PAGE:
Why are we the People of the Book? Why aren't we the People of the Question?
After all, before Moses receives the Torah on Mount Sinai, like Abraham earlier, he answers God's call to service with a question. In Exodus 3:11, he says, "Who am I that I should go to Pharaoh and free the Israelites from Egypt?"
I empathize completely. For who am I that I should host the seder every year, moving all the furniture out of the living room and moving in a couple dozen relatives, friends and folding chairs as well as the requisite stranger or two?
Later — when the Israelites reach the wilderness spot of Taberah and bitterly lament the lack of meat as well as fish, melons and other foods they remember eating in Egypt — Moses, in Numbers 11:11, beseeches God: "Why have You dealt ill with Your servant, and why have I not enjoyed Your favor, that You have laid the burden of all this people upon me?"
Yes, why am I burdened with standing upright in the kitchen while all those people sit relaxed and reclining at the seder? Really, I'll take 603,550 whining Israelites and a 40-year hike any day. I'll even spring to have some fish and melons Fed-Exed from Egypt to Taberah, site of the massive food fantasy meltdown.
But long before tomorrow night, the night of the first seder, I've had my own culinary crisis, wrist-deep in onion skins, eggshells, apple peels and ersatz chicken fat. And vowed to spend next year not in Jerusalem, but at my sister Ellen's new condo. Yep, next year I call dibs on hosting the family Sukkot celebration — a potluck, paper plate, alfresco affair.
But the point is not to match Moses' tsuris-ridden trek through the wilderness with complaints of our own. Rather, the point is to regard ourselves as if we personally went out of Egypt and to do this by asking as many questions as possible. We begin with the proverbial "Why is this night different from all other night?" and end, hours later, with an exasperated, "Why does 'Chad Gadya' have so many verses?"
Why so many questions?
For one reason, the Torah commands us, no less than four times, to tell our children the story of the Exodus. Never mind that after all these years, and all those tuition payments to Jewish day schools, they should already know it.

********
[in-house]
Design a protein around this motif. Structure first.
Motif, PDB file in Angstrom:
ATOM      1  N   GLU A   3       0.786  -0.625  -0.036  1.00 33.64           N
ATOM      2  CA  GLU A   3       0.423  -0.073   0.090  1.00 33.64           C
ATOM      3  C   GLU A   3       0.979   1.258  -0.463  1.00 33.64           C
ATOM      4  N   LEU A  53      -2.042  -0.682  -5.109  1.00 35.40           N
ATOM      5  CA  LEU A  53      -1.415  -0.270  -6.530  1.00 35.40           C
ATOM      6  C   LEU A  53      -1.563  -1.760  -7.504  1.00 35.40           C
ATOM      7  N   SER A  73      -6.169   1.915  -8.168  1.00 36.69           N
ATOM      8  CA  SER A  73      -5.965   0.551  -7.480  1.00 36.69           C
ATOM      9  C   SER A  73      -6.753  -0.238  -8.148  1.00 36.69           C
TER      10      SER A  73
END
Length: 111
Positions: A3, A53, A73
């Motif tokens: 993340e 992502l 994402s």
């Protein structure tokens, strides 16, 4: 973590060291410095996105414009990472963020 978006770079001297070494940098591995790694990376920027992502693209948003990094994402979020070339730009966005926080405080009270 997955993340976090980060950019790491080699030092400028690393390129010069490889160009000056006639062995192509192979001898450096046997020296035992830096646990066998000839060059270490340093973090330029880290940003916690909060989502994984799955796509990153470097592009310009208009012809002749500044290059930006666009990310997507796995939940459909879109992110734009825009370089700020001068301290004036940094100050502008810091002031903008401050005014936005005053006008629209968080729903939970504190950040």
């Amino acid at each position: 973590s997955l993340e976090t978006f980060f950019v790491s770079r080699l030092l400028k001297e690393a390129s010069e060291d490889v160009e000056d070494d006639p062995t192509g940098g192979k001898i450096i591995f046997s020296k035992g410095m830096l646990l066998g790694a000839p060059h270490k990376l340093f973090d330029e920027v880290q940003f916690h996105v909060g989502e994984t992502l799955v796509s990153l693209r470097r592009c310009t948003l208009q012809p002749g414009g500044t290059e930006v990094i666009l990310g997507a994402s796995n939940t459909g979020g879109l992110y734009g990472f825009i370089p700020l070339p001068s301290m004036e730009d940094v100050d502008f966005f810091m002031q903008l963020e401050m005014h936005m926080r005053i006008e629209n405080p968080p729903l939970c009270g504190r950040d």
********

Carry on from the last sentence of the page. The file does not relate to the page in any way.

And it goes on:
Conveniently, the Haggadah guides us in this evening of questioning and answering, which results in effectively recounting the story.
But we must tell the story in four distinct ways, for the rabbis remind us that there are four kinds of children, each asking a different question and each requiring a different approach.
The Wise Son asks, "What are the decrees, statutes and laws which the Lord our God has commanded concerning Passover?" He can easily grasp the complex and profound teachings of Judaism.
The Wicked Son asks, "What does the service mean to you?" He is scornful, an outsider. We are told to reprimand him.
The Simple Son asks, "What does this all mean?" For him, we need to start at the beginning of the story, explaining slowly and carefully.
And the Fourth Son does not know how to ask a question. Not even, "Can I go to the mall?"
I too have a set of Four Sons, currently 17, 13, 11 and 9, each claiming to be the resident Wise Son and each accusing another brother of being the Wicked one.
I explain that the Wicked Son, surprisingly, is not the problem. For he, at least, is engaged enough to pose a question and can potentially be coaxed back to Judaism. This is probably not best accomplished, however, by "blunting his teeth," as the Haggadah recommends.
The challenge is the Fourth Son, who cannot even formulate a question, who cannot even begin to understand the world around him.
And perhaps this is the second reason for this quintessential night of questions, to demonstrate that just as God leads us out of bondage in Egypt so the act of questioning leads us out of the bondage of ignorance.
"Ask and learn," the Apocrypha tells us.
And so we do, spending our lives firing questions. From "Where did I come from?" to "Where am I going?" From "What is life?" to "What is love?" to "What makes the world go 'round?"
And in this pedagogic process, we invent the wheel, eradicate smallpox and split the atom. We fly to the moon and delve into our subconscious. And most important, we come closer to comprehending how this huge, daunting and marvelous world works — and where we fit in.
When my son Zack was 4 and riding in the car with my husband, Larry, and me, he asked, "If Mom wants the window shut, and Dad wants the window open, what do you do?"
"It depends," my husband answered.
"No," Zack repeated intently, "If Mom wants the window shut, and Dad wants the window open, what do you do?" He wasn't asking about automobile etiquette; he was asking, "Hey, who's really in charge here?"
Now, at 17, he raises and lowers his own windows.
But he still asks plenty of questions. And that's exactly what Passover teaches us to do — to ask wise, wicked and simple questions, difficult and chutzpadik ones. And to teach this critical skill to our children.
As the German Jewish inventor Charles Steinmetz said, "No man really becomes a fool until he stops asking questions."